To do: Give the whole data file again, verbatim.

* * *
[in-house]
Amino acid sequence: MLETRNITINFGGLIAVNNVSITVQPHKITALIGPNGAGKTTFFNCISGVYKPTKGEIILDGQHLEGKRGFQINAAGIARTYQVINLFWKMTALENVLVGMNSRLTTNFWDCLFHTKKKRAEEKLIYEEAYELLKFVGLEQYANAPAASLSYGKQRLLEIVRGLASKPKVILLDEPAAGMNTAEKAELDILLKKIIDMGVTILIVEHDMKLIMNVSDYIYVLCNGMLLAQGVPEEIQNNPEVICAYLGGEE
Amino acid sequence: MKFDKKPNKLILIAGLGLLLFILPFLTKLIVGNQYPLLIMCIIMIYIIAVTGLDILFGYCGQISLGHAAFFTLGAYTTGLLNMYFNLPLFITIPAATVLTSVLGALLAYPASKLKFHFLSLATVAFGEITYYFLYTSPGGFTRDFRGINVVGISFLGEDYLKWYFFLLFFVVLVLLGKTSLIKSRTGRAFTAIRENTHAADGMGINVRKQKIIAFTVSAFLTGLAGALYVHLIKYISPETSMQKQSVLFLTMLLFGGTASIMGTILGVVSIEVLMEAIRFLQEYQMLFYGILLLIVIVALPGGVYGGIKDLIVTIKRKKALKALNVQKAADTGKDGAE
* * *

[in-house]
Amino acid sequence: MLETRNITINFGGLIAVNNVSITVQPHKITALIGPNGAGKTTFFNCISGVYKPTKGEIILDGQHLEGKRGFQINAAGIARTYQVINLFWKMTALENVLVGMNSRLTTNFWDCLFHTKKKRAEEKLIYEEAYELLKFVGLEQYANAPAASLSYGKQRLLEIVRGLASKPKVILLDEPAAGMNTAEKAELDILLKKIIDMGVTILIVEHDMKLIMNVSDYIYVLCNGMLLAQGVPEEIQNNPEVICAYLGGEE
Amino acid sequence: MKFDKKPNKLILIAGLGLLLFILPFLTKLIVGNQYPLLIMCIIMIYIIAVTGLDILFGYCGQISLGHAAFFTLGAYTTGLLNMYFNLPLFITIPAATVLTSVLGALLAYPASKLKFHFLSLATVAFGEITYYFLYTSPGGFTRDFRGINVVGISFLGEDYLKWYFFLLFFVVLVLLGKTSLIKSRTGRAFTAIRENTHAADGMGINVRKQKIIAFTVSAFLTGLAGALYVHLIKYISPETSMQKQSVLFLTMLLFGGTASIMGTILGVVSIEVLMEAIRFLQEYQMLFYGILLLIVIVALPGGVYGGIKDLIVTIKRKKALKALNVQKAADTGKDGAE